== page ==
The Wal-Mart Cell Phone Terrorism Fiasco

Dennis Faas's picture

According to Police Chief Benson Page of Caro, Michigan, cell phones can be used as detonators. Who would've thought?

So, naturally, when three men were found with almost a thousand cell phones on hand, they became instant terror suspects.

80 of those phones were pre-paid TracFone models from Wal-Mart. That amount constitutes a violation of the store's policy because customers are limited to only three cell phones per purchase. A Wal-Mart clerk sold them the phones -- despite the policy -- but became suspicious and called the police. Apparently, it's common knowledge that cell phones make for effective detonation devices.

The three men (Adham Abdelhamid Othman, Louai Abdelhamied Othman, and Maruan Awad Muhareb) told police that they bought the $20 phones with plans to re-sell them at a profit for $38, minus the chargers they came with. (Source:

Confusingly enough, two men in Ohio (Ali Houssaiky and Osama Abulhassan) were involved in a similar cell phone controversy just days before. They possessed about 600 phones. Like the Caro suspects, they said they were just looking to make some extra money.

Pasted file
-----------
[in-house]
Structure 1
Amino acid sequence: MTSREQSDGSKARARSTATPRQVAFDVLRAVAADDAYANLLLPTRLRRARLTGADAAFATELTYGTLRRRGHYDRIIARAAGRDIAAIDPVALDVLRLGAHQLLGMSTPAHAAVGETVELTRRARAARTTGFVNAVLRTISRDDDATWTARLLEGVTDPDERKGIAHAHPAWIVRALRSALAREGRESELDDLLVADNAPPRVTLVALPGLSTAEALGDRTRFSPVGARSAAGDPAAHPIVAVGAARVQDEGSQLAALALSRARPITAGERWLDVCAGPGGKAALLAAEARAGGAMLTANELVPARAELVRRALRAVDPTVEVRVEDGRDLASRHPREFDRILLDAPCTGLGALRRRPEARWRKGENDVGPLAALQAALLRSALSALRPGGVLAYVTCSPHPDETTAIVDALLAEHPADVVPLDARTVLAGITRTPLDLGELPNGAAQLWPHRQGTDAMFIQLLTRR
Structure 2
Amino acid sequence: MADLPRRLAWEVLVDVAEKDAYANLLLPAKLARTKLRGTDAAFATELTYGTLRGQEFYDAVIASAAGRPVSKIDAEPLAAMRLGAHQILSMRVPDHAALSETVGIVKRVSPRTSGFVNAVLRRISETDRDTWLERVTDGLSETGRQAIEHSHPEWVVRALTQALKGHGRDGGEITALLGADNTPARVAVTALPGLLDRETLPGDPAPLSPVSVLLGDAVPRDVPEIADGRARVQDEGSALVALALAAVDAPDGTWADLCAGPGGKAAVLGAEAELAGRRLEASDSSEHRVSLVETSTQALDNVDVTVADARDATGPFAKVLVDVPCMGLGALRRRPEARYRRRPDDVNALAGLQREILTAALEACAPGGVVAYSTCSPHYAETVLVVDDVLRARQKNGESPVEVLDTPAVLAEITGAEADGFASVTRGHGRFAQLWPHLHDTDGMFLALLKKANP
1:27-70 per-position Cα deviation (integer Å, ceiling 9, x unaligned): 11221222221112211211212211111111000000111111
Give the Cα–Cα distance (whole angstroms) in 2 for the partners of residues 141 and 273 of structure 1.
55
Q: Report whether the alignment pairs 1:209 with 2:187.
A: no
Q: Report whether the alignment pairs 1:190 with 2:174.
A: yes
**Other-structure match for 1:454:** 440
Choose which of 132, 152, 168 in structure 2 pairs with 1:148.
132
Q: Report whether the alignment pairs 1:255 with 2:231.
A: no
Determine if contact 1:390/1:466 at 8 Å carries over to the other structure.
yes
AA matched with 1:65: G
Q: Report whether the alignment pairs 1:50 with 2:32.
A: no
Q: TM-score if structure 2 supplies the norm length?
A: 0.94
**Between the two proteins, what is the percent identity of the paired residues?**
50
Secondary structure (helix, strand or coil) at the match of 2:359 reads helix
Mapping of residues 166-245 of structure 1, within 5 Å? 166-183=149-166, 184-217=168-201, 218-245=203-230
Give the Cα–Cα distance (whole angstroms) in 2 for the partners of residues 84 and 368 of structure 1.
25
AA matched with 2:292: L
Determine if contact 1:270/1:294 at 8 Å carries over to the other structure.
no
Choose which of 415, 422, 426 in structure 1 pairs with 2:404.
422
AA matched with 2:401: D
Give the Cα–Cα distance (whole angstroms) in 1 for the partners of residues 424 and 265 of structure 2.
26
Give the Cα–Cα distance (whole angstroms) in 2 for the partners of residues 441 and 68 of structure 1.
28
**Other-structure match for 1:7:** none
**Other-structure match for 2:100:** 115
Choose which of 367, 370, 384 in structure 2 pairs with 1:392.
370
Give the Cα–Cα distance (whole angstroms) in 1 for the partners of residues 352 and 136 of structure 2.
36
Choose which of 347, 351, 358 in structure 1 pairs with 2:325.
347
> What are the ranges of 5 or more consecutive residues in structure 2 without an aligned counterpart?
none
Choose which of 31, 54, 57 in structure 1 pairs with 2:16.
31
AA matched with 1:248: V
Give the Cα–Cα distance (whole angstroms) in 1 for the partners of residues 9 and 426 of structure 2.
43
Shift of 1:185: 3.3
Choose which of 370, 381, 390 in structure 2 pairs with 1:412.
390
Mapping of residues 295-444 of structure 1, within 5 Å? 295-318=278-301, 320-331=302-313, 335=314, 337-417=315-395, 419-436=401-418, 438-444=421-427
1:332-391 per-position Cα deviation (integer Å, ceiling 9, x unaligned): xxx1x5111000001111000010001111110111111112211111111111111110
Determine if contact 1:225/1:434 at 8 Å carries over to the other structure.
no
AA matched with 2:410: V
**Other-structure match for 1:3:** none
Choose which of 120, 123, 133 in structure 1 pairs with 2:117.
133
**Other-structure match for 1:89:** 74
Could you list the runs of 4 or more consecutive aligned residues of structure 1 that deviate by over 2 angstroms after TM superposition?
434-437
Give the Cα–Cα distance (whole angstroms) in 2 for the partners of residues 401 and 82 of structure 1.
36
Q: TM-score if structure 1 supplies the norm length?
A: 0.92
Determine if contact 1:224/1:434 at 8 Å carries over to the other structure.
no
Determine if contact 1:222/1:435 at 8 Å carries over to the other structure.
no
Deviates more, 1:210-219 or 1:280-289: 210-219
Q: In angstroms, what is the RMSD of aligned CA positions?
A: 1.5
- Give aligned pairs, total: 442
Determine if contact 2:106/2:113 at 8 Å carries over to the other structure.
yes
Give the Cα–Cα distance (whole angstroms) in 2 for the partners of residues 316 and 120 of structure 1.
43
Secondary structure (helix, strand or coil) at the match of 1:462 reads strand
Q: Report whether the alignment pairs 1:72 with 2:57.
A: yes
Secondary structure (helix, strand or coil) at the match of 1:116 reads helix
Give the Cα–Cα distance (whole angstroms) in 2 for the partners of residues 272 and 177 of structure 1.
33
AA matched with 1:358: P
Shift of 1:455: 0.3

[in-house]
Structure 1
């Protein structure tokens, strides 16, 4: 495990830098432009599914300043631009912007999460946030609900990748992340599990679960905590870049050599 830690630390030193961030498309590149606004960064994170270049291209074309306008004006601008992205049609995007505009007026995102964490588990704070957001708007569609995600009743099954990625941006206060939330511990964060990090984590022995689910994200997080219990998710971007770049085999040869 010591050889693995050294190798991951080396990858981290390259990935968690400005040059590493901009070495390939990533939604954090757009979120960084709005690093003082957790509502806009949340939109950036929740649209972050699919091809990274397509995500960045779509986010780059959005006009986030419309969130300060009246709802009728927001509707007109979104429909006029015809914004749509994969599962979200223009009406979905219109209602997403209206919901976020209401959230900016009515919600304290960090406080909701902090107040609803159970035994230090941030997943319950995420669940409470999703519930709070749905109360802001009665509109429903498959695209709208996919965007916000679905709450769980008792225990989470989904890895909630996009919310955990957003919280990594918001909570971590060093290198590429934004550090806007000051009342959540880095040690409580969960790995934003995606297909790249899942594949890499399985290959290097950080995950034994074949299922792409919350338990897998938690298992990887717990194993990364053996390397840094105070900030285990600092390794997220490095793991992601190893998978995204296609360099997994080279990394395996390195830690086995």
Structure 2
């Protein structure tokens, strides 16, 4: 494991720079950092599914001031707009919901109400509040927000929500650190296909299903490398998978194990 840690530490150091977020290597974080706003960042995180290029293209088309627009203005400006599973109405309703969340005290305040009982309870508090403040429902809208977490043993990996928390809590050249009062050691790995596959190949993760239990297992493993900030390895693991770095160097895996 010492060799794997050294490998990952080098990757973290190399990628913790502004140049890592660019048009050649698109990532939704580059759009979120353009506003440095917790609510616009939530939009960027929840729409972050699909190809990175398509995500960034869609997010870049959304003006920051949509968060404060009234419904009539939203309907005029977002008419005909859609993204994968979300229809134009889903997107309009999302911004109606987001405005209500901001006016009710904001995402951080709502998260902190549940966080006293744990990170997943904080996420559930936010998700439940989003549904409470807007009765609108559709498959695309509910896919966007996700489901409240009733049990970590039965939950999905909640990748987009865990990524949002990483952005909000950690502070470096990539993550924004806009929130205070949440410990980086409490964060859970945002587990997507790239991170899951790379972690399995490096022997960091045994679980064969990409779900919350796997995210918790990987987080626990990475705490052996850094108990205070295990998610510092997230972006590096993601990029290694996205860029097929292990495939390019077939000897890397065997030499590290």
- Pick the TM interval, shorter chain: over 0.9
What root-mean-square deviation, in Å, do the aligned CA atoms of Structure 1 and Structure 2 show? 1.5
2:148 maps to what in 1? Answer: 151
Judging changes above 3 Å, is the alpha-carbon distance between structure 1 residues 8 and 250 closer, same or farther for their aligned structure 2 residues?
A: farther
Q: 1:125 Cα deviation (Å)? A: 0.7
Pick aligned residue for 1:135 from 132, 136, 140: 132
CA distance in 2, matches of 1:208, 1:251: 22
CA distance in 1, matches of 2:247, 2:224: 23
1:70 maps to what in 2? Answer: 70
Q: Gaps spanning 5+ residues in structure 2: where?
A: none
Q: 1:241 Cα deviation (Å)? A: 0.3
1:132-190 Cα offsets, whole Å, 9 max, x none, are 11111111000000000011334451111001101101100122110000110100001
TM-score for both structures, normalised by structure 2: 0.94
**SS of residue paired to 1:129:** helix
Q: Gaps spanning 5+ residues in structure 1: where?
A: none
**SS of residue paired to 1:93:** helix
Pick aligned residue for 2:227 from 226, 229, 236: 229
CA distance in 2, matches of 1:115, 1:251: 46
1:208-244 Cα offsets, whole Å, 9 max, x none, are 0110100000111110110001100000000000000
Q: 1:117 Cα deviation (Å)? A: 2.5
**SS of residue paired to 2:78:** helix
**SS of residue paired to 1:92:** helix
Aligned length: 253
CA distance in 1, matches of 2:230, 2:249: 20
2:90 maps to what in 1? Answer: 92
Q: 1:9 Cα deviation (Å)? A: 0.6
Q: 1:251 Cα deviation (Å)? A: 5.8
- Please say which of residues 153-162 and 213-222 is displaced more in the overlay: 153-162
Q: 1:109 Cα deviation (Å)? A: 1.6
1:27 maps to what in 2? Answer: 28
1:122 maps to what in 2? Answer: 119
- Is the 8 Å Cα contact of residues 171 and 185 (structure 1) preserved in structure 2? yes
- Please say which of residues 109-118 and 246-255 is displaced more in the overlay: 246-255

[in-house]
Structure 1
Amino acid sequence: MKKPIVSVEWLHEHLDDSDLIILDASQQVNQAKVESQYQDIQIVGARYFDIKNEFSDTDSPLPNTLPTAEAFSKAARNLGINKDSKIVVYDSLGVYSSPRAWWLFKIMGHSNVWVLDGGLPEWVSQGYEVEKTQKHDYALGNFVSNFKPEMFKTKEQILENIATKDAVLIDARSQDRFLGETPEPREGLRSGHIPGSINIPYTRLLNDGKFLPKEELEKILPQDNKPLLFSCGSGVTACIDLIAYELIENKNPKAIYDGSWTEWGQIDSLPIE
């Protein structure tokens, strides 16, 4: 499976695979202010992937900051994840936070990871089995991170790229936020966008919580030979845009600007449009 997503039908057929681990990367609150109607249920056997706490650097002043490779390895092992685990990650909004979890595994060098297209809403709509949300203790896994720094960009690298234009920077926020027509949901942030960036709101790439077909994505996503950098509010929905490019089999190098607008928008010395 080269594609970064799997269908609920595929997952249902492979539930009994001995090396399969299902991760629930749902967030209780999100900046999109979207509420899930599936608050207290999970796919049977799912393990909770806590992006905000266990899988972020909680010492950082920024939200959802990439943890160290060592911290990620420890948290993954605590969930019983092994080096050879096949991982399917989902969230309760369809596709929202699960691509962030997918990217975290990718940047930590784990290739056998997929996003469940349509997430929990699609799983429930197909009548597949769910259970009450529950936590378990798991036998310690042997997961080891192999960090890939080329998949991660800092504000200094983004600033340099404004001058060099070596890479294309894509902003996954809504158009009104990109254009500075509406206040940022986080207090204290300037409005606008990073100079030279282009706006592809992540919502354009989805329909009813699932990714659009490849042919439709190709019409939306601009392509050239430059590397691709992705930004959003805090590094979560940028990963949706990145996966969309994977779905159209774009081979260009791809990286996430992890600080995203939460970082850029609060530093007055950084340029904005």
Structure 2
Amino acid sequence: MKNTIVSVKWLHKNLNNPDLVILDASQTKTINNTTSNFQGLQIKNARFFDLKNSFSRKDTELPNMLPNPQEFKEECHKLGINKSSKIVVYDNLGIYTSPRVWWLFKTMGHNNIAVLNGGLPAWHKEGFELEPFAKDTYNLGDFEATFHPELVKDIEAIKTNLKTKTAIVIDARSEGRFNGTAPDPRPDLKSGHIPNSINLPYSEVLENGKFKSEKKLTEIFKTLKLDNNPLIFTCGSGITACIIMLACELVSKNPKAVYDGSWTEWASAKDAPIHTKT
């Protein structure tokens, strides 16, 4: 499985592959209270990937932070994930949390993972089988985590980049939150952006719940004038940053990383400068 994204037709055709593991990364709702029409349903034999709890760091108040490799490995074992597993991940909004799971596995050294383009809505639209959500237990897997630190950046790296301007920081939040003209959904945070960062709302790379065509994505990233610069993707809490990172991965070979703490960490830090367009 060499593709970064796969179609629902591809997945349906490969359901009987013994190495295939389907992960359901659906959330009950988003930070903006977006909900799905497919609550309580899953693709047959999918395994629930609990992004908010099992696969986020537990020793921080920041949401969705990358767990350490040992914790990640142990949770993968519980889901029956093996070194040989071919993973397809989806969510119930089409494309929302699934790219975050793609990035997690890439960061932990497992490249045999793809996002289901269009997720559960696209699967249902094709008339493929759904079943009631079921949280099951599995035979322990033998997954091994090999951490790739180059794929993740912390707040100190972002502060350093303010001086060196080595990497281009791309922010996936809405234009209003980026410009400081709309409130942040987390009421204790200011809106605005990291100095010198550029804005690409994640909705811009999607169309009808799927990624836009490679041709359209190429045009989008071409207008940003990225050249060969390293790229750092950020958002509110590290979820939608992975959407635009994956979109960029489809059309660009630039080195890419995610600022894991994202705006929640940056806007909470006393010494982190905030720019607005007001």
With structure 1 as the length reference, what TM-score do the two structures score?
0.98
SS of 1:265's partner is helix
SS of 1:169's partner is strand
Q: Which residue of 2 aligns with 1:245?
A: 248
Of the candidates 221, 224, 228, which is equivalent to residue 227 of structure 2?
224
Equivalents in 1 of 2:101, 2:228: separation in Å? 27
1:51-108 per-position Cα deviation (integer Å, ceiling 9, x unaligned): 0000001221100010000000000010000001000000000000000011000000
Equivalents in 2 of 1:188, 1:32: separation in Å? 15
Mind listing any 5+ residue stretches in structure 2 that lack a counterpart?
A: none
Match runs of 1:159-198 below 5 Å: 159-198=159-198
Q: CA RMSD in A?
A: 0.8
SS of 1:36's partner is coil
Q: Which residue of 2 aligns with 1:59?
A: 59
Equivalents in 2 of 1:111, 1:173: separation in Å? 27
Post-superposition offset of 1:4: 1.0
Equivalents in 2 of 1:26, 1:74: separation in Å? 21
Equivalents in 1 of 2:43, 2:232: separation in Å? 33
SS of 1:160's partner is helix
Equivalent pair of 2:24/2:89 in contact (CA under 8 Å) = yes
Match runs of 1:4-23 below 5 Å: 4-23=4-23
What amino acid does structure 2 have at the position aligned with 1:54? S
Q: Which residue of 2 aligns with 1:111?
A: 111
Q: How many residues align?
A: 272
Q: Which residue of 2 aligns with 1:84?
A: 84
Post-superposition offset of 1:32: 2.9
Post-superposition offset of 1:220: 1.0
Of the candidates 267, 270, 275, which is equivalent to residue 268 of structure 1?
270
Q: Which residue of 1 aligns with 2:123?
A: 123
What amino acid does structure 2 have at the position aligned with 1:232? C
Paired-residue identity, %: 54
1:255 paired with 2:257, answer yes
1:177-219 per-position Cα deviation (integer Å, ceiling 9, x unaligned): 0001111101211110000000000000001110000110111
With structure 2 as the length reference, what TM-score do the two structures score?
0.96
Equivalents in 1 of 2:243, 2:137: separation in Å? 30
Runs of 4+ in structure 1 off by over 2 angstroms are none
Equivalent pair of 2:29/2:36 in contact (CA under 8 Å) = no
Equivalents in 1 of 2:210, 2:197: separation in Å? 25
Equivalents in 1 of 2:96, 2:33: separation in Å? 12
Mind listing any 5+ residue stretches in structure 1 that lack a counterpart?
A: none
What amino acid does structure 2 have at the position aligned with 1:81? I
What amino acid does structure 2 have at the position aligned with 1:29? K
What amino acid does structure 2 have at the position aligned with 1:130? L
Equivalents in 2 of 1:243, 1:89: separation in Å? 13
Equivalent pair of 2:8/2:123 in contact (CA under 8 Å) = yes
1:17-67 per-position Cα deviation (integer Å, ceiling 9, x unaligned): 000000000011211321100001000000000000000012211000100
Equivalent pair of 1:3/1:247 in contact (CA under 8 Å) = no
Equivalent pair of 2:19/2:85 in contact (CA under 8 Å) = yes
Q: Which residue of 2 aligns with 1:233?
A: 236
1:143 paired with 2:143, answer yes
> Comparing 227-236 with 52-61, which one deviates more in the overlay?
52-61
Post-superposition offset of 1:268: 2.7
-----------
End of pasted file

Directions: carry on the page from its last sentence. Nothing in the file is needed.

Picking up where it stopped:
"The only illusory connection advanced by the prosecution to date is based on race and national origin," fumed one of Abulhassan's family members. "This appears to be a typical case of racial profiling..." (Source:

In the Caro situation, Michigan's Mackinac Bridge was believed by investigators to be the target of this suspected terrorist plot. However, the FBI is now saying that the three men don't have "any direct nexus to terrorism." The bridge is once again considered safe to cross. (Source:

A prosecutor in the Ohio case can't prove terrorism either and will drop the charges. (Source:

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